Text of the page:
Chronic back pain is one of the most common complaints in rheumatology outpatient clinics. Inflammatory back pain (IBP) typically affects patients with spondyloarthropathies (SpA) and has rarely been reported in systemic lupus erythematosus (SLE). Patients with SLE usually suffer from migratory or persistent and polyarticular peripheral arthritis, and about 53 to 95% of patients have musculoskeletal symptoms.[1] Nevertheless, tendinopathy (particularly, Achilles and patellar tendon).[2,3] and sacroiliitis have rarely been demonstrated on the plain film radiographs and radionuclide bone scans particularly in patients with active lupus.[4,5]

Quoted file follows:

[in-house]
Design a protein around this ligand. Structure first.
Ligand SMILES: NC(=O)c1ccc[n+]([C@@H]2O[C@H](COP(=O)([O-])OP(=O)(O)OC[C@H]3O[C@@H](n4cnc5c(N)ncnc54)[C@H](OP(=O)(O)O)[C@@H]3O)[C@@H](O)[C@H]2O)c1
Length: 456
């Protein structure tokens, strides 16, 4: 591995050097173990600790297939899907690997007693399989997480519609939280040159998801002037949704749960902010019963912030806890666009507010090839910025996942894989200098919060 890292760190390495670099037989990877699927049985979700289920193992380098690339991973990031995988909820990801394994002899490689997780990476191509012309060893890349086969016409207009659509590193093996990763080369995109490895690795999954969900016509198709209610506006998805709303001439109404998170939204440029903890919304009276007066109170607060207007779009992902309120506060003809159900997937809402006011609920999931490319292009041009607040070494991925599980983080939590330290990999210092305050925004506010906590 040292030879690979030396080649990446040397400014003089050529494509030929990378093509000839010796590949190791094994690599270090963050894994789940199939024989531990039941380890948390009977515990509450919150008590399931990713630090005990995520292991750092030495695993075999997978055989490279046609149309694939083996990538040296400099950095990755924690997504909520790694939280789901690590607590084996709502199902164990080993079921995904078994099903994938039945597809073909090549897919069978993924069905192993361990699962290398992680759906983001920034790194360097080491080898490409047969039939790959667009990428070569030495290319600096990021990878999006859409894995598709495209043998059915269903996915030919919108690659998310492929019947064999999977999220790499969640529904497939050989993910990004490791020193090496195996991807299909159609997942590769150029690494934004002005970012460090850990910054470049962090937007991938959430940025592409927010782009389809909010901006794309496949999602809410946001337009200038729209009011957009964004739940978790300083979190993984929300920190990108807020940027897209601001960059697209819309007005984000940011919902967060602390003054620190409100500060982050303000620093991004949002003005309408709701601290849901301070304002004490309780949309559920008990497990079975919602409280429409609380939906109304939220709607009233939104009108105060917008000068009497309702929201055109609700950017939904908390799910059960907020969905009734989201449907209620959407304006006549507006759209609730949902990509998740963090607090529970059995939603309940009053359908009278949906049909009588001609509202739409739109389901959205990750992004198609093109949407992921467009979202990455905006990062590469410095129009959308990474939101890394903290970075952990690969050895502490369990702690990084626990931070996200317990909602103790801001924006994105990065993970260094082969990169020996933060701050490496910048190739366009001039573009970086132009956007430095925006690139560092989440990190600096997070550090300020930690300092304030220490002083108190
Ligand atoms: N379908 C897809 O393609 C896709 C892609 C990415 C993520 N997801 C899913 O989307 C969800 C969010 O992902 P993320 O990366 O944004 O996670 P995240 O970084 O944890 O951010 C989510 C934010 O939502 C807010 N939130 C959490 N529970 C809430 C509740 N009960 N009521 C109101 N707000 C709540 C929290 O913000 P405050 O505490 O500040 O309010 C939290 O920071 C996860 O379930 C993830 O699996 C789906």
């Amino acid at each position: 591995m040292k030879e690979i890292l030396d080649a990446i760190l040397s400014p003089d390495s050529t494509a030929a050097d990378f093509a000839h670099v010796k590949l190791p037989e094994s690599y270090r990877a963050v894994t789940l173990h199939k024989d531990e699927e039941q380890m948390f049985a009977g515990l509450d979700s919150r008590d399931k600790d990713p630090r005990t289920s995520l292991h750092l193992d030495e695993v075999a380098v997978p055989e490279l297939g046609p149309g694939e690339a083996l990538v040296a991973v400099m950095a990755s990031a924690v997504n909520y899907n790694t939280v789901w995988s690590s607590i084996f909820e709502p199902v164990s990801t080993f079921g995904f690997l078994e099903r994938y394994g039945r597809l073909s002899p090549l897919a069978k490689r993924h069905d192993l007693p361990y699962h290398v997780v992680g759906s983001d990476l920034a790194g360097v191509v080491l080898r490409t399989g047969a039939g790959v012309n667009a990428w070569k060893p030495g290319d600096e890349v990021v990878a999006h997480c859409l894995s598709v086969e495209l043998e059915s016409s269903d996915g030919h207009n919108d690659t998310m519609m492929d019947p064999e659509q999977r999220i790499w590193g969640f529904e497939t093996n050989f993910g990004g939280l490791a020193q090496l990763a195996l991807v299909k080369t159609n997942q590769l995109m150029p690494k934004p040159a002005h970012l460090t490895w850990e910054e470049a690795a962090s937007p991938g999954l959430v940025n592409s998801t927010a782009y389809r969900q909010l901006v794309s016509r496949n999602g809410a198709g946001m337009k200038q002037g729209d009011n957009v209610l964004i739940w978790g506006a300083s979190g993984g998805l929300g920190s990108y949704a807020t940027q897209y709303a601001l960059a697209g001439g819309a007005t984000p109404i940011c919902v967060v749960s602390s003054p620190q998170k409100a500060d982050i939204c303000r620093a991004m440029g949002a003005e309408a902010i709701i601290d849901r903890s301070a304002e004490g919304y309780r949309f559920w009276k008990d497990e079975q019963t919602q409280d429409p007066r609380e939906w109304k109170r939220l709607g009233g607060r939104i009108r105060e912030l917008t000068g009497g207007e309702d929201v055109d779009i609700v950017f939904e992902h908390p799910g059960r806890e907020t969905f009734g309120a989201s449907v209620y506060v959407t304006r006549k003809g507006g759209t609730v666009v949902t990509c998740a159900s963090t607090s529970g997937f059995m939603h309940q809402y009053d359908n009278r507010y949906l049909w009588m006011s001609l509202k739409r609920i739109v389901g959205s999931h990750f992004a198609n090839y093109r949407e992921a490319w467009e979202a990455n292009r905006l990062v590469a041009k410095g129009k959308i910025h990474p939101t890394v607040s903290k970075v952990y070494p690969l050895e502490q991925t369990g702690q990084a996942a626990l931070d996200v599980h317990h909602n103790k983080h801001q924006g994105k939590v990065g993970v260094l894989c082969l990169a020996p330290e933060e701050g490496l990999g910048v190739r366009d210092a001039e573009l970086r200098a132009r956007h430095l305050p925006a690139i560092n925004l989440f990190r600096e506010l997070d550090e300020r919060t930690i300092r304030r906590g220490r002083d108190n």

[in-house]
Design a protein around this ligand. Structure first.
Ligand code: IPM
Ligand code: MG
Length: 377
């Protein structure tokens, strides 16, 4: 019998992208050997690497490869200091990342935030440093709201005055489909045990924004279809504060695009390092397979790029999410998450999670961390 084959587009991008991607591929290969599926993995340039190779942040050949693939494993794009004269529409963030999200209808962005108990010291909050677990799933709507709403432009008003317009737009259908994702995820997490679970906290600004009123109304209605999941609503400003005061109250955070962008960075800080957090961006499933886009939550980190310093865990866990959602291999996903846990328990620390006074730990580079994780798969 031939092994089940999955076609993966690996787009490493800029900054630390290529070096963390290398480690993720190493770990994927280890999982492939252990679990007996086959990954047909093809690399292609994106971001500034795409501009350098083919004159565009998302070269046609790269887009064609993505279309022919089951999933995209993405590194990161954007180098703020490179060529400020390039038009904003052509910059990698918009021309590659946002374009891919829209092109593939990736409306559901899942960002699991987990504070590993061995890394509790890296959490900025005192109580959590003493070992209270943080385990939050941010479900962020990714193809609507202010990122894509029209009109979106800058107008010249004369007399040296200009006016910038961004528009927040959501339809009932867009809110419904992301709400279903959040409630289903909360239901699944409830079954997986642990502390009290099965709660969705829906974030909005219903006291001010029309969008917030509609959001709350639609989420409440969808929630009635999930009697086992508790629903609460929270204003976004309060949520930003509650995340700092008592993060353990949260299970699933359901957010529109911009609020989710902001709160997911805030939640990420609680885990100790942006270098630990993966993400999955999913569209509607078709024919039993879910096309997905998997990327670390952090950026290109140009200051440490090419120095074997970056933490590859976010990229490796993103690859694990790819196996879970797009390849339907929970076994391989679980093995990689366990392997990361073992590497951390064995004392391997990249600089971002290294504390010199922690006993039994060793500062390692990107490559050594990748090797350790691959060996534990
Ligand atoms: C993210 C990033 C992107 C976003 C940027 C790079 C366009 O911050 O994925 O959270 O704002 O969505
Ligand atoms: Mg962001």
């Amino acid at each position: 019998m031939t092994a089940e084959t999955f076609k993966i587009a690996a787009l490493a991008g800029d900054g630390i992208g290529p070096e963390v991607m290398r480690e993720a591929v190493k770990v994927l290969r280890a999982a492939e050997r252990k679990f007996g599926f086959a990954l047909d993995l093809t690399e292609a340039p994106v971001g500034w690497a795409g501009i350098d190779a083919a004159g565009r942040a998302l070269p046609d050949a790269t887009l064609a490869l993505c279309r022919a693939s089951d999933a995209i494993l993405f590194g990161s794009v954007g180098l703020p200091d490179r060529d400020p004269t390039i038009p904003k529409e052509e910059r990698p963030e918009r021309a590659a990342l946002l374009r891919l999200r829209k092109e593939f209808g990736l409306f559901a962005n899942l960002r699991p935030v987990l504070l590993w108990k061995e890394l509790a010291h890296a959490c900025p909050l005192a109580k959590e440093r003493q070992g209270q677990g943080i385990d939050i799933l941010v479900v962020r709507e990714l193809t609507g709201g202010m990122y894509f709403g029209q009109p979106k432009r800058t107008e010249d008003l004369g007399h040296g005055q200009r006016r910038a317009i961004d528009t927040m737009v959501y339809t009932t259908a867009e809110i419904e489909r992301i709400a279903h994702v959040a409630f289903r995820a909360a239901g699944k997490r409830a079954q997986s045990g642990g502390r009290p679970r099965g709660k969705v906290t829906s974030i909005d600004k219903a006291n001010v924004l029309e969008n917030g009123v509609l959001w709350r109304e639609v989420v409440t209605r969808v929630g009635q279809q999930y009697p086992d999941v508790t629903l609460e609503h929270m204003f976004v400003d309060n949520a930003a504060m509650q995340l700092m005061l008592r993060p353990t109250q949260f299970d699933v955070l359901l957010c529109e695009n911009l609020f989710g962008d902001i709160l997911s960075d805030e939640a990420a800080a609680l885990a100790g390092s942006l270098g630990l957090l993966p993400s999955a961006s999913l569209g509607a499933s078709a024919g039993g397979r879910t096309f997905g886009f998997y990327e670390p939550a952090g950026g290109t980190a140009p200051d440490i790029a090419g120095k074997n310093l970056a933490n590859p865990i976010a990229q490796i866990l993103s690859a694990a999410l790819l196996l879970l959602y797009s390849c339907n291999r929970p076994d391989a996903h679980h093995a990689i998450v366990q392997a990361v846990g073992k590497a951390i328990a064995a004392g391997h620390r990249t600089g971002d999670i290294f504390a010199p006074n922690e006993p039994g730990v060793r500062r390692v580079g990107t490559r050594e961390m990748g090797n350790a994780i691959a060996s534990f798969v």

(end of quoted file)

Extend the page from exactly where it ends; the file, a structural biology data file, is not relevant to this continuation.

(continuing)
Inflammatory back pain is the key clinical symptom of ankylosing spondylitis (AS), a protype of SpA. Although the etiology is unknown, AS is thought to be associated with CD8 T-cell mediated immunity due to its close relationship with human leukocyte antigen B27 (HLA-B27).[6] Braun et al.[7] showed previously that tissue biopsies of sacroiliac (SI) joints were infiltrated by both T cells (CD4 and CD8 positive) and macrophages. Additionally, recent studies demonstrated that autoantibodies may also present in AS patients.[8] Two mechanisms may be associated with increased autoantibodies in patients with AS. First, excessive production of interleukin (IL)-17 by T cells[9] may directly stimulate B cell maturation and immunoglobulin production, which was also shown in SLE.[10] Second, existence of T and B cells in inflamed areas may lead to autoimmunity in the presence of appropriate cytokine stimulation.[8]